6) Cultural Divide: The proposed restructuring would further an already troubling divide between the sciences and humanities, having negative consequences for both teaching and research, especially cross-disciplinary work The larger society is already too specialized. Higher education should resist the further compartmentalization of learning. GMU should be concerned about the long-term educational and cultural consequences of the proposed restructuring. In response, it was asserted that the proposed institutional structure might be easier for students to understand and that bridges already exist (and new ones could be built) between the sciences and social sciences/humanities. (The current relationship between the Krasnow Institute and Physics was given as an example.)
7) Size: In favor of restructuring, it was stated that CAS is currently so large as to be unmanageable, that it is undesirable to have such great variation in the sizes of schools, and that it is generally unwise to put so many schools under the control and budgetary authority of one dean (for instance, a future dean, depending on his/her training or interests, might lack proper appreciation for the humanities or the sciences). In opposition to restructuring, it was argued that size is not necessarily a problem. Large institutions can function very successfully if they develop a decentralized structure and exploit the possibilities of new communication technologies; size sometimes leads to economies of scale; deans of small schools may accrue too much power.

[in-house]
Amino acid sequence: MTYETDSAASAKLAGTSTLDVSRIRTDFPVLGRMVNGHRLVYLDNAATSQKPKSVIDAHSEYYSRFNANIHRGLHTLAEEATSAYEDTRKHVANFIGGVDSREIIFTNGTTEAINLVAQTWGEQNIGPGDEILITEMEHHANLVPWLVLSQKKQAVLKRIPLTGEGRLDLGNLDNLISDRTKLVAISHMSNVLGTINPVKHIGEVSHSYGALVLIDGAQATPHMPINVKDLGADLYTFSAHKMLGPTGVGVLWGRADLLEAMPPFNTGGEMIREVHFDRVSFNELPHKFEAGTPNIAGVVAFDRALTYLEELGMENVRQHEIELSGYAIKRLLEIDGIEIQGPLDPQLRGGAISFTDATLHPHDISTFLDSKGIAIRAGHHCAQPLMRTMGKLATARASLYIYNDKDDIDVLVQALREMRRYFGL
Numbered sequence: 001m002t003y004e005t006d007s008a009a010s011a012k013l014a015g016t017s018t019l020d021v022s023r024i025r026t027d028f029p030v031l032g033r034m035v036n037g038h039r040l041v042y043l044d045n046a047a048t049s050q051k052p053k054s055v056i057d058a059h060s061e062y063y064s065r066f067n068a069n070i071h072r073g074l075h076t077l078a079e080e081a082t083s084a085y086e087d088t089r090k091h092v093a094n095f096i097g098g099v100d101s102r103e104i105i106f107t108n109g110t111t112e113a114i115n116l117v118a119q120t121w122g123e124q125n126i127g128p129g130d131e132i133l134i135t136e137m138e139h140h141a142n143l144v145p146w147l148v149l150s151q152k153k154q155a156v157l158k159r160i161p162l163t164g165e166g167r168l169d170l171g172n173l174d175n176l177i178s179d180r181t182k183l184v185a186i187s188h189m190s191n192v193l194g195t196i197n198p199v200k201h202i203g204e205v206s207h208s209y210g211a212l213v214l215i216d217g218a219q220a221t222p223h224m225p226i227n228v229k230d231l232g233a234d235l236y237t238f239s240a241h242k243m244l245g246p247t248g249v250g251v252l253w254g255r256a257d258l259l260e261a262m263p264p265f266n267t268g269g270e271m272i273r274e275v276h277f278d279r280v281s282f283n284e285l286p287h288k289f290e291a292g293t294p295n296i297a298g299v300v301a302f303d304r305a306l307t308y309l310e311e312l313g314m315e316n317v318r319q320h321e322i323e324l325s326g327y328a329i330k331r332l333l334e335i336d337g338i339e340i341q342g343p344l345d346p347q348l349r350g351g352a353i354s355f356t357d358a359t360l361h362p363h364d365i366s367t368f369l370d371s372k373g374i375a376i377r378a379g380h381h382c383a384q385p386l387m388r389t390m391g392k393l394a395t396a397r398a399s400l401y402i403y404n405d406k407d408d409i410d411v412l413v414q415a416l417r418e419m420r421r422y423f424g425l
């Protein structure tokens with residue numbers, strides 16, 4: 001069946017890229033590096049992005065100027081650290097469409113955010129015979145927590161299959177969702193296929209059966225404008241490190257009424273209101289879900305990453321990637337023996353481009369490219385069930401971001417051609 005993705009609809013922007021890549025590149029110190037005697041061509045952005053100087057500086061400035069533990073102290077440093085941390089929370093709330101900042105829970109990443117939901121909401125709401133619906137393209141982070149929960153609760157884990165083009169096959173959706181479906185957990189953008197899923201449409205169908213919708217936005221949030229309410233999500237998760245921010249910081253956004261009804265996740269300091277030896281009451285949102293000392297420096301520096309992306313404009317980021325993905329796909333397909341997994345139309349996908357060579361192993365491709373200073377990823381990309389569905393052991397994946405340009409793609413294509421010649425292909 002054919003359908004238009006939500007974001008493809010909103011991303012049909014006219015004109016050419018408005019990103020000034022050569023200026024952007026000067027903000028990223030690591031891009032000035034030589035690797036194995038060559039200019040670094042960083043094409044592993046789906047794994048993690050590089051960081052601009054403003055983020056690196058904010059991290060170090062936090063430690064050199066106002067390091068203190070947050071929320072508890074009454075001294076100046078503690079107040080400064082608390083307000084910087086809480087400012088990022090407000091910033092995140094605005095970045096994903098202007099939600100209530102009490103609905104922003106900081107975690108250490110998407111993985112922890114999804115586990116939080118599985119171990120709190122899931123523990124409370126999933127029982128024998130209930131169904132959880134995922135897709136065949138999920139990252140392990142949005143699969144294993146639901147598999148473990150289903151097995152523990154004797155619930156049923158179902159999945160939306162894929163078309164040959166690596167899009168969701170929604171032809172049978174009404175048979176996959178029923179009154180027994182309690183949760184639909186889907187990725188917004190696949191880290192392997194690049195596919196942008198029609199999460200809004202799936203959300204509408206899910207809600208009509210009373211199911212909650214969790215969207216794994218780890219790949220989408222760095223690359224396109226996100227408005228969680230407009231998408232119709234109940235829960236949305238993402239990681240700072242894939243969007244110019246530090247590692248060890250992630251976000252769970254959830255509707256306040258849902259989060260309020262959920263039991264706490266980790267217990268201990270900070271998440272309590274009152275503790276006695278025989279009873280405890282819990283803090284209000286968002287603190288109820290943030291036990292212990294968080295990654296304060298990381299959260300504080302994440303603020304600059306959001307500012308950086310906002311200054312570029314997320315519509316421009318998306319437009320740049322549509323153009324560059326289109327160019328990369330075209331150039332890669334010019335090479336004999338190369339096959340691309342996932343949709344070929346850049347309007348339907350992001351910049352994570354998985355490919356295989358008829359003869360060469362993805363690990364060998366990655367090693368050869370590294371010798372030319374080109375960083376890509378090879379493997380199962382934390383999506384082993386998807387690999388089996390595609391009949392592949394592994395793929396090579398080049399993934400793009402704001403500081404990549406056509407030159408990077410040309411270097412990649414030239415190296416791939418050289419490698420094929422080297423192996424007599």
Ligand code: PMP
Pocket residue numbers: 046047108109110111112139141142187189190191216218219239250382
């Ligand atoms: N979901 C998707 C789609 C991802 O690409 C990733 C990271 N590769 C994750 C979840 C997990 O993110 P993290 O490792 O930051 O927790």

8) Faculty Morale: Several science professors commented on this issue. Some expressed the view that most science faculty favored restructuring and would be demoralized if the proposal is voted down. Others said the faculty in their departments are divided over the issue.
III. Remarks for the Good of the General Faculty
Don Joyce announced the premiere dance performance by Keith Thompson to be held this Thursday, Friday, and Saturday evening, featuring the work of students and faculty.
The Chair encouraged faculty members to participate in the new Faculty Arts Board.
The meeting adjourned at